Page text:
Review: Oh...Sir!! The Insult Simulator | Redbrick | University of Birmingham

Review: Oh…Sir!! The Insult Simulator

James Honke reviews the quite unique and attractively funny Oh...Sir!! The Insult Simulator

What does 99p get you these days? A McDonald’s sundae? A £1 shot? A bar of chocolate? Basically nothing worth spending your hard-earned wages on.

Instead, dear reader, might I humbly recommend that you wait for a Steam sale and then buy ‘Oh… Sir!!’ (or you can stump up 60p and buy it now, you wealthy sod). It might be the best 99p you’ll ever spend. Promise.

The game itself is simple, taking the premise of a Street Fighter-esque fighting game and turning it into a literal tongue-bashing. Where in Street Fighter you chain together fast-paced fight moves, “Oh… Sir!!” has you stringing together lists of words to form the longest, most virulent insult possible. Insults range from the classic “your mother is your father” to the patently absurd “your sister is full of eels”, with a pinch of gaming or Brexit-themed savagery along the way. The game encourages a level of brutality that should come with an ESRB warning, encouraging you to combo long insults for bigger health hits and to go after your opponent’s weakness, no matter how low the blow. Don’t hold back, the game whispers… hit them right in the insecurities.

This works very well in the single-player, which, while short, gives you the opportunity to verbally duke it out against a number of other player characters before a ridiculous encounter with the big G-man himself. The strategy is surprisingly deep, requiring you to take chances and plan out your insults in advance. Do you go for a short-but-sweet insult so that you can get that all important finishing word off the board? Do you take a risk that one of your ‘private’ words will come up trumps when you stop for tea? Or do you string together the longest insult you can and pause for breath, desperately hoping that your opponent won’t be able to take advantage? Enough complexities abound beyond the simple façade to keep the game from becoming repetitive, at least for the duration of the ‘campaign’.

This is especially important since there’s not even a half-hearted attempt at a story here (something I would normally be frustrated by, but not when it’s this funny), just good ol’ verbal fisticuffs in a range of pretty but static environments. The art style, like the game, is simple but amusing, a loving homage to the original “Oh… Sir!” (which came out of a 48 hour game jam and is still free on Steam) whilst the sound effects are beautifully yet ridiculously dubbed. The characters are living stereotypes (mostly British ones) and provide another layer of gorgeous slapstick over proceedings, as every character comes replete with a preposterous accent and goofy backstory.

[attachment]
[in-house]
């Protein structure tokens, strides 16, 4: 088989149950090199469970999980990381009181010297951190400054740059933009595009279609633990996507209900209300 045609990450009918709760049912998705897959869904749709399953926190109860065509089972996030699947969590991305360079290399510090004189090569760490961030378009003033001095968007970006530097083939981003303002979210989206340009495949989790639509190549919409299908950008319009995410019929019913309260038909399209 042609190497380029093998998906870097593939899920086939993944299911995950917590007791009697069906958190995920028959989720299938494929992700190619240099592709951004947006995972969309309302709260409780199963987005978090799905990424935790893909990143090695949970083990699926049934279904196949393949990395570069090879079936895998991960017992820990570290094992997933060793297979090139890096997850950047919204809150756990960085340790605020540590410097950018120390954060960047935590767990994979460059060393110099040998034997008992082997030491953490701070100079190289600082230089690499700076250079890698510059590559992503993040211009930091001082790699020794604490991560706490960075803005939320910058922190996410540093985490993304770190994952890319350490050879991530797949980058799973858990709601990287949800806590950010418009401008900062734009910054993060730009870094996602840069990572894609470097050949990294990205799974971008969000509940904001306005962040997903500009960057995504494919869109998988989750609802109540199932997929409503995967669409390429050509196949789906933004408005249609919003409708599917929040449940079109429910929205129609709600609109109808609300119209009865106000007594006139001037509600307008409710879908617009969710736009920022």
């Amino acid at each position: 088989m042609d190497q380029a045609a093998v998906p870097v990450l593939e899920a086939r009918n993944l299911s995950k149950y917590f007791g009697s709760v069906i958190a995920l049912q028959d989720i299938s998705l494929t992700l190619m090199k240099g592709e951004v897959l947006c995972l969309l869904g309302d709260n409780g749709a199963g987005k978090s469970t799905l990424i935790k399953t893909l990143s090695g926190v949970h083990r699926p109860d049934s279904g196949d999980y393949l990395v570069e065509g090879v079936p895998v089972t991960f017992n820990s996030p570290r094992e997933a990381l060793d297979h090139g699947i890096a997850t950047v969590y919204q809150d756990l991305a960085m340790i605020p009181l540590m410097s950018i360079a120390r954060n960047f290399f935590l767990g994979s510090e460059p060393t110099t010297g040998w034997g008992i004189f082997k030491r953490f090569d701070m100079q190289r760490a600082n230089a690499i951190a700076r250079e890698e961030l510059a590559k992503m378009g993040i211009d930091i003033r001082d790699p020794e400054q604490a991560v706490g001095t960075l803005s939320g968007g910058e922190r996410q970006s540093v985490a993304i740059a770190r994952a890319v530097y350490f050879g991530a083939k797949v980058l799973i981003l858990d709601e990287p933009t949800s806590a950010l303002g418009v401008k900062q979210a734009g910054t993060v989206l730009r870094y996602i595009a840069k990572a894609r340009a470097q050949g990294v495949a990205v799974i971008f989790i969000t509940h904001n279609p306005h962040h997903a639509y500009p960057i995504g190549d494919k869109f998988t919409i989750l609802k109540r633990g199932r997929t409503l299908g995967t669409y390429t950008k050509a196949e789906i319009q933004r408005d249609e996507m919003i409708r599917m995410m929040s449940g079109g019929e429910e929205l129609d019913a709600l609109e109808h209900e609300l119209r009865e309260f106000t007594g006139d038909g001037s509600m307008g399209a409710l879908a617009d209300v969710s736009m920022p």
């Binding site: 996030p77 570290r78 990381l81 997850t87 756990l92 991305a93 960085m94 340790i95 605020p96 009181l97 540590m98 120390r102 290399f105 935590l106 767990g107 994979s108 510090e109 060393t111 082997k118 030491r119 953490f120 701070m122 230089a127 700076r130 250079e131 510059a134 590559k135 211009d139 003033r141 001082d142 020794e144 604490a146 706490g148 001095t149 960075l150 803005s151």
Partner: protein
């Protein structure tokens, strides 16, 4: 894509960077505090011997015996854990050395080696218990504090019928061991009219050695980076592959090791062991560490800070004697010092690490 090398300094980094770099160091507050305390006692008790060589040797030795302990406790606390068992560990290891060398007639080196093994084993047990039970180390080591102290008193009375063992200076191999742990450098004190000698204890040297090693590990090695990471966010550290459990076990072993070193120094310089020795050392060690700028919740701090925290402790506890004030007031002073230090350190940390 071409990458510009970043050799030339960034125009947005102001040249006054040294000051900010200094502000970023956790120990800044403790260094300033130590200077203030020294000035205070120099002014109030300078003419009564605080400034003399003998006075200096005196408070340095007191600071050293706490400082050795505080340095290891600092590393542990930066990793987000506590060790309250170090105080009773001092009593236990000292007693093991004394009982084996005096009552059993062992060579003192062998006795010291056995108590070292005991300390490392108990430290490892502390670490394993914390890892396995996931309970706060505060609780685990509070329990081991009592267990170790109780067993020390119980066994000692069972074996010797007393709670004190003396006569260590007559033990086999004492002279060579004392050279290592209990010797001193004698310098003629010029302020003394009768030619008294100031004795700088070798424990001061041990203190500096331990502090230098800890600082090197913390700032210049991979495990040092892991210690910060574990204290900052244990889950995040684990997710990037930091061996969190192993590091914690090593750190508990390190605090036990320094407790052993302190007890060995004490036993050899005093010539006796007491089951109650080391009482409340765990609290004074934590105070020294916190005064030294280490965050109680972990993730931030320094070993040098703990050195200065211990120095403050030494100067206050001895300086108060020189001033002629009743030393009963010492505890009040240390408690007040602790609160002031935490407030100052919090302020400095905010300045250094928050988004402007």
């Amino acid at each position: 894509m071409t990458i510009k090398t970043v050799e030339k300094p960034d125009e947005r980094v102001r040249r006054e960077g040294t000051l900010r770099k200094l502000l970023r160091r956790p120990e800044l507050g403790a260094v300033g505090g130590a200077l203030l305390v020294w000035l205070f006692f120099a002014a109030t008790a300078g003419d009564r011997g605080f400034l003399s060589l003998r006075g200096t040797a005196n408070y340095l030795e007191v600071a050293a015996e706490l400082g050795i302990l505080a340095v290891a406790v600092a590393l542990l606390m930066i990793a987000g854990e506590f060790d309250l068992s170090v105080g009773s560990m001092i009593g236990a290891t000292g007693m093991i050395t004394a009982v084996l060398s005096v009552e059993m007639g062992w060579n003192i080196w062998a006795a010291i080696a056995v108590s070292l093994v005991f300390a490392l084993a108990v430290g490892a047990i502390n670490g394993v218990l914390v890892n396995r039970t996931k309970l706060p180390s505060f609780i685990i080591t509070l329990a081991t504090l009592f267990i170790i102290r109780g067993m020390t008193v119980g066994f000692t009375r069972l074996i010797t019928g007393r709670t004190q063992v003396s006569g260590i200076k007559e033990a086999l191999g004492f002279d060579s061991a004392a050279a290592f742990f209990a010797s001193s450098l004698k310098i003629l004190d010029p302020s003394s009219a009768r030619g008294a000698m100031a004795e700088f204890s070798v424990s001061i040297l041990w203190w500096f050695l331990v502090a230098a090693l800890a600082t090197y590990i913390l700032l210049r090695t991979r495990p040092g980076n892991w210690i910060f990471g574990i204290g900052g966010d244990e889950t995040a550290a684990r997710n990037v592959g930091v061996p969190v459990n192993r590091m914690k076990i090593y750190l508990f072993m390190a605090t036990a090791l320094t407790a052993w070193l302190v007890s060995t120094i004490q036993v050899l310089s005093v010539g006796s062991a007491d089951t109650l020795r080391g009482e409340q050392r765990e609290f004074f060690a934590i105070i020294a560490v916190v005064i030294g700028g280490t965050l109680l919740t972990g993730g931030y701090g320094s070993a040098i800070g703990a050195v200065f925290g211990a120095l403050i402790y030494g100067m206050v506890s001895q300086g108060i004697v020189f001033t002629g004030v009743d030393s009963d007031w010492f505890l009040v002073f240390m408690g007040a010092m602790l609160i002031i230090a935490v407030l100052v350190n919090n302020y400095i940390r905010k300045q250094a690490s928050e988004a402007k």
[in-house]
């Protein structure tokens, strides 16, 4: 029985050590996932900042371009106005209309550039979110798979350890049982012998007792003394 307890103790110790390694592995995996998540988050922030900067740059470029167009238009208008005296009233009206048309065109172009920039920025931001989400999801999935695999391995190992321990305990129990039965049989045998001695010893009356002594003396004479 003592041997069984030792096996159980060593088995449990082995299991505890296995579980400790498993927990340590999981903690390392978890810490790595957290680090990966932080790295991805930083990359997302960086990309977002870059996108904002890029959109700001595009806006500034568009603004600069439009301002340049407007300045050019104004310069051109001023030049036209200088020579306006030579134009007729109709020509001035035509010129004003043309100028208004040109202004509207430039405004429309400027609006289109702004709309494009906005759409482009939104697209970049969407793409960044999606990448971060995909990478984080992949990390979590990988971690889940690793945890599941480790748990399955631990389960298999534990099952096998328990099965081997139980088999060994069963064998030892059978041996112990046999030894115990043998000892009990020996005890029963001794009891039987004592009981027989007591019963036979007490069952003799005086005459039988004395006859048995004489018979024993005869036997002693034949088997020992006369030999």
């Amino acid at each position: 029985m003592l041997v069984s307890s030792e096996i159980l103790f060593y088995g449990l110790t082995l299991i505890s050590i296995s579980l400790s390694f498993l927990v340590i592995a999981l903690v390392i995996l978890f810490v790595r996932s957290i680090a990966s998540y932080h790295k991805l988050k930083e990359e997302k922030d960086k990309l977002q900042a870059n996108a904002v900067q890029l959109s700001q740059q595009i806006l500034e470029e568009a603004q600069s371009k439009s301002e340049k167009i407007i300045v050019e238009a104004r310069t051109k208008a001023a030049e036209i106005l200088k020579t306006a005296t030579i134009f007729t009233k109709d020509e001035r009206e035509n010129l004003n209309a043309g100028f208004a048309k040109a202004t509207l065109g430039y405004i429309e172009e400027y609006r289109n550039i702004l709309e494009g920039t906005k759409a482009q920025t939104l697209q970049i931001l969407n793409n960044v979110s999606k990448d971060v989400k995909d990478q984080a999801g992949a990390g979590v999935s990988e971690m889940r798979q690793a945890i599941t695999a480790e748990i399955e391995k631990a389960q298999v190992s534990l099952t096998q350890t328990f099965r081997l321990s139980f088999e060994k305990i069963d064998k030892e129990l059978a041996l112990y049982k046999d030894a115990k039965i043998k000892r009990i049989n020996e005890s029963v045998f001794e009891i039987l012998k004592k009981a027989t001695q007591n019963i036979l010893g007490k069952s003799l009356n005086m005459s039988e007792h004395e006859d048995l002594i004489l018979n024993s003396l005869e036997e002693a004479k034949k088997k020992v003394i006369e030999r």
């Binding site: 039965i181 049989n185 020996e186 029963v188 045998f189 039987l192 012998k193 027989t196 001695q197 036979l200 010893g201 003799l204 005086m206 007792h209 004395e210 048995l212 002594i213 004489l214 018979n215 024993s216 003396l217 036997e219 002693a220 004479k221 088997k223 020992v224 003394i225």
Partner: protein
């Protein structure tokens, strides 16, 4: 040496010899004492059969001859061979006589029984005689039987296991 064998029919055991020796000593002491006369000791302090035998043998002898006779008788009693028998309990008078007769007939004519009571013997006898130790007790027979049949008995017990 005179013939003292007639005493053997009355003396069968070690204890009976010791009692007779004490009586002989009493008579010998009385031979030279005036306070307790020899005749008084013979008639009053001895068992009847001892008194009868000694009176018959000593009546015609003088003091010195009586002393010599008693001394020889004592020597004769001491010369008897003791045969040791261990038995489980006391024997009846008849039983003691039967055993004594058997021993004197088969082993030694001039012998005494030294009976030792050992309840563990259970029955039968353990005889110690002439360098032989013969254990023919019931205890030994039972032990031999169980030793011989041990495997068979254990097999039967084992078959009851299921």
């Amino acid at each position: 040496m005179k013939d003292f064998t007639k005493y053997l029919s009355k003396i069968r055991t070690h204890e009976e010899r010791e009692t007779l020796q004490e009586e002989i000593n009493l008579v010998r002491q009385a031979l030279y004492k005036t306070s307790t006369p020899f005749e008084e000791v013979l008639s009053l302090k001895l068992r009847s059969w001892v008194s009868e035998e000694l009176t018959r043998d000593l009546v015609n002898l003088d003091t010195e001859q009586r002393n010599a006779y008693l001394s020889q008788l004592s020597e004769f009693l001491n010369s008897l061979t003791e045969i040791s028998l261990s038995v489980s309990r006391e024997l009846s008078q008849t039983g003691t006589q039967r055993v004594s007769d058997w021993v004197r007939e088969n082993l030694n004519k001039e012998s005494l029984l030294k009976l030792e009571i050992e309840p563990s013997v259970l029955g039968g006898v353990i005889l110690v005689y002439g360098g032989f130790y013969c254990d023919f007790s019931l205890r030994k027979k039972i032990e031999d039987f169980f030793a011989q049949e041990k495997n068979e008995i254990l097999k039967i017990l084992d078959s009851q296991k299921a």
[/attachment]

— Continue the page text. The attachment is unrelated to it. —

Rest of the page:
The game really shines, however, in local multiplayer. If you’re looking for a short-term, silly party game then look no further, since “Oh… Sir!!” takes very little explanation and provides some real belly laughs. There’s nothing quite like looking your friend in the eyes as the computer stiltedly abuses them in the thickest, poshest British accent you’ve ever heard. “Your mother is a hamster and tells dirty jokes at funerals, you cross-eyed, inbred muckspout!” it cries, as you stare them down, daring them, defying them to stop you. Damn right, you think, as they silently accept a 50-point M-M-Monster hit right in the emotional gonads. Damn fucking right.

It may make no sense, but it’s damned funny when you say it to someone’s face. Trust me. ©Vile Monarch

Oh yeah, and playing online is also fun.

This stupid satisfaction is also the game’s biggest weakness. If you don’t have a steady stream of friends with whom to duel, the game lacks any real longevity or replay value. The strategy is deep and the gameplay satisfying, but since so much of the satisfaction relies on the amusement of the insults and the absurdity of the setting, it also starts to fall apart as you start to see the same phrases over and over. With prolonged play, the game starts to become dull and the sound - which was funny at first - begins to grate. Having said that, for 99p (or £1.59) you’ll easily get 4 or 5 hours out of the game before you get there, so you still get your money’s worth. And you can rediscover it every six months for the rest of your life and have an hour of two of farcical fun.

Can’t say fairer than that.

James is a 22 year-old Politics student at UoB who's unhealthily addicted to games and TV. Be ready for opinions. Lots of them. (@JamesHonke)


16th February 2018 at 9:00 am

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